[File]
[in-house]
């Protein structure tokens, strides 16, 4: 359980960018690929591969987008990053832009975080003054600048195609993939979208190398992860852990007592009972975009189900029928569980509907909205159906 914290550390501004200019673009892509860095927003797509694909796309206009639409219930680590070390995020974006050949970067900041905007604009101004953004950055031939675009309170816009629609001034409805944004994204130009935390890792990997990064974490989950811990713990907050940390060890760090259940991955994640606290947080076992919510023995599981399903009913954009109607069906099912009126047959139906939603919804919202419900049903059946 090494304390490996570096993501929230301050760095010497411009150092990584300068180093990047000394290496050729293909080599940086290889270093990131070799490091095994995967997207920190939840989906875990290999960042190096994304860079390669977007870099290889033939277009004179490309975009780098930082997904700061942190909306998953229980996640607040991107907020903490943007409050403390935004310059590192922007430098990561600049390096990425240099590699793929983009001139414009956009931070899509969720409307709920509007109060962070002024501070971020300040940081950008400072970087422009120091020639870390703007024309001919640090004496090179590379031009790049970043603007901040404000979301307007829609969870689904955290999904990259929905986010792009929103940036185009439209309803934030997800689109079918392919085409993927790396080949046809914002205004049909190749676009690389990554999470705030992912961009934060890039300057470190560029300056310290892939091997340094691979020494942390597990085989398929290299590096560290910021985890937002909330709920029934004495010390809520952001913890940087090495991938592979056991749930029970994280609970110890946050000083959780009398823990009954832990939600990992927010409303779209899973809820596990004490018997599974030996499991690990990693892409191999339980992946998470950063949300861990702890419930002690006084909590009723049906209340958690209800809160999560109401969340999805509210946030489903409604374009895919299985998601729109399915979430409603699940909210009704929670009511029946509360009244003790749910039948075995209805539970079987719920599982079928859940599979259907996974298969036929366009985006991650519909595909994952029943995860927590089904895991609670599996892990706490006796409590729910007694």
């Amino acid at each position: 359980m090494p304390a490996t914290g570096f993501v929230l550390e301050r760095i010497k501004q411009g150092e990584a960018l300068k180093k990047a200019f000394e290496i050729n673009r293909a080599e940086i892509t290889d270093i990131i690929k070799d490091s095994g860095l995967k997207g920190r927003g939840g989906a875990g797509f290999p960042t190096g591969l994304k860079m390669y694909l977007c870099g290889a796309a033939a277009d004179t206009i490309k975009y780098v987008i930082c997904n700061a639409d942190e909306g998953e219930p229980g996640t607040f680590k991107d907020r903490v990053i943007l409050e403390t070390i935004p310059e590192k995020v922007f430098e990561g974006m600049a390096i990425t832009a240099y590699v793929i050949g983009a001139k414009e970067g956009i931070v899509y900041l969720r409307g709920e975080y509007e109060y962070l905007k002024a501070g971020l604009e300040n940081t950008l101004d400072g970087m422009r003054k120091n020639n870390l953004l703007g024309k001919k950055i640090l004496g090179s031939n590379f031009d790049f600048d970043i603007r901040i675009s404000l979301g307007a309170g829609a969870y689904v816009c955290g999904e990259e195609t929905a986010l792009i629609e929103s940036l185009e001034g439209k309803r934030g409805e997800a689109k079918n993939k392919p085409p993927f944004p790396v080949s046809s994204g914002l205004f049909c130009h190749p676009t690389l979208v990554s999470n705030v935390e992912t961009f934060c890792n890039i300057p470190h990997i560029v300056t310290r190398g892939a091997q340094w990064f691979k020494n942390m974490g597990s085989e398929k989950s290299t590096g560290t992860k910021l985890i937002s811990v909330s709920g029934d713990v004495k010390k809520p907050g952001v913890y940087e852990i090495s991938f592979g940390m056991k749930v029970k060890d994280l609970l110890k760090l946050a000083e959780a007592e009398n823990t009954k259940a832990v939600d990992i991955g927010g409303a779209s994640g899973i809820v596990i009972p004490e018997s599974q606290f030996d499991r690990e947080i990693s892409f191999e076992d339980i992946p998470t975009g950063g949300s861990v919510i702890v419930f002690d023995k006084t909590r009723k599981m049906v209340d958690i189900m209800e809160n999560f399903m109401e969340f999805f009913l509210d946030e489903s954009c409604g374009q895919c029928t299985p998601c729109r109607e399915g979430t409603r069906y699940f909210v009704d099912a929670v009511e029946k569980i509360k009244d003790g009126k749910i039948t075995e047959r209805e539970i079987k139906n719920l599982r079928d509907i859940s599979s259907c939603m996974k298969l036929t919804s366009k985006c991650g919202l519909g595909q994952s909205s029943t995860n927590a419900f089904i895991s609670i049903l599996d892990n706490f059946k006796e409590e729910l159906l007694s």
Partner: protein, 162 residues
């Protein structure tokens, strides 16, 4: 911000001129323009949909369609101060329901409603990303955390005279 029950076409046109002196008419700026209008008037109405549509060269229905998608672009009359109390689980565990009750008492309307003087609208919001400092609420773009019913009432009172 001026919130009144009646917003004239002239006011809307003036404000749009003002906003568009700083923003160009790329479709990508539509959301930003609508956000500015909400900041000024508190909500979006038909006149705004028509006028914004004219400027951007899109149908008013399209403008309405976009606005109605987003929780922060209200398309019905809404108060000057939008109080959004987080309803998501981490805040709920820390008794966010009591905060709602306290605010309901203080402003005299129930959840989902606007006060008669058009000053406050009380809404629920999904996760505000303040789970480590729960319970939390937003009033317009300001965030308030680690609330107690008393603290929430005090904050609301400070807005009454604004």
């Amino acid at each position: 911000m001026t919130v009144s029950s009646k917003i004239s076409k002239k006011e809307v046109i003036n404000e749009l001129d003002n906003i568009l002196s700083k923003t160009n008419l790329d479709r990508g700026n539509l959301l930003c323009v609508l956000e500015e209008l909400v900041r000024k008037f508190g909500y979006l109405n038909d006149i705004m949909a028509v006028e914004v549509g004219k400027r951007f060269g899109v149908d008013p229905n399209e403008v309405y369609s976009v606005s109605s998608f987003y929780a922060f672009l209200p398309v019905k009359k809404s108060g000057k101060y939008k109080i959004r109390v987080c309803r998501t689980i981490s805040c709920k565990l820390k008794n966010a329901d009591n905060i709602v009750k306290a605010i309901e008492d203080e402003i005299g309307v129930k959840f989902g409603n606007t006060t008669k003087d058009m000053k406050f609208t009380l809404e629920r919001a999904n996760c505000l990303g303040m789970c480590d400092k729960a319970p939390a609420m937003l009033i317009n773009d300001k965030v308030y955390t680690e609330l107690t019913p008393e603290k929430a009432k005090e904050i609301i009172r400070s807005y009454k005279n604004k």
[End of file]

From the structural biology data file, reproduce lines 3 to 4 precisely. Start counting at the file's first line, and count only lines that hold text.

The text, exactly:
């Amino acid at each position: 359980m090494p304390a490996t914290g570096f993501v929230l550390e301050r760095i010497k501004q411009g150092e990584a960018l300068k180093k990047a200019f000394e290496i050729n673009r293909a080599e940086i892509t290889d270093i990131i690929k070799d490091s095994g860095l995967k997207g920190r927003g939840g989906a875990g797509f290999p960042t190096g591969l994304k860079m390669y694909l977007c870099g290889a796309a033939a277009d004179t206009i490309k975009y780098v987008i930082c997904n700061a639409d942190e909306g998953e219930p229980g996640t607040f680590k991107d907020r903490v990053i943007l409050e403390t070390i935004p310059e590192k995020v922007f430098e990561g974006m600049a390096i990425t832009a240099y590699v793929i050949g983009a001139k414009e970067g956009i931070v899509y900041l969720r409307g709920e975080y509007e109060y962070l905007k002024a501070g971020l604009e300040n940081t950008l101004d400072g970087m422009r003054k120091n020639n870390l953004l703007g024309k001919k950055i640090l004496g090179s031939n590379f031009d790049f600048d970043i603007r901040i675009s404000l979301g307007a309170g829609a969870y689904v816009c955290g999904e990259e195609t929905a986010l792009i629609e929103s940036l185009e001034g439209k309803r934030g409805e997800a689109k079918n993939k392919p085409p993927f944004p790396v080949s046809s994204g914002l205004f049909c130009h190749p676009t690389l979208v990554s999470n705030v935390e992912t961009f934060c890792n890039i300057p470190h990997i560029v300056t310290r190398g892939a091997q340094w990064f691979k020494n942390m974490g597990s085989e398929k989950s290299t590096g560290t992860k910021l985890i937002s811990v909330s709920g029934d713990v004495k010390k809520p907050g952001v913890y940087e852990i090495s991938f592979g940390m056991k749930v029970k060890d994280l609970l110890k760090l946050a000083e959780a007592e009398n823990t009954k259940a832990v939600d990992i991955g927010g409303a779209s994640g899973i809820v596990i009972p004490e018997s599974q606290f030996d499991r690990e947080i990693s892409f191999e076992d339980i992946p998470t975009g950063g949300s861990v919510i702890v419930f002690d023995k006084t909590r009723k599981m049906v209340d958690i189900m209800e809160n999560f399903m109401e969340f999805f009913l509210d946030e489903s954009c409604g374009q895919c029928t299985p998601c729109r109607e399915g979430t409603r069906y699940f909210v009704d099912a929670v009511e029946k569980i509360k009244d003790g009126k749910i039948t075995e047959r209805e539970i079987k139906n719920l599982r079928d509907i859940s599979s259907c939603m996974k298969l036929t919804s366009k985006c991650g919202l519909g595909q994952s909205s029943t995860n927590a419900f089904i895991s609670i049903l599996d892990n706490f059946k006796e409590e729910l159906l007694s």
Partner: protein, 162 residues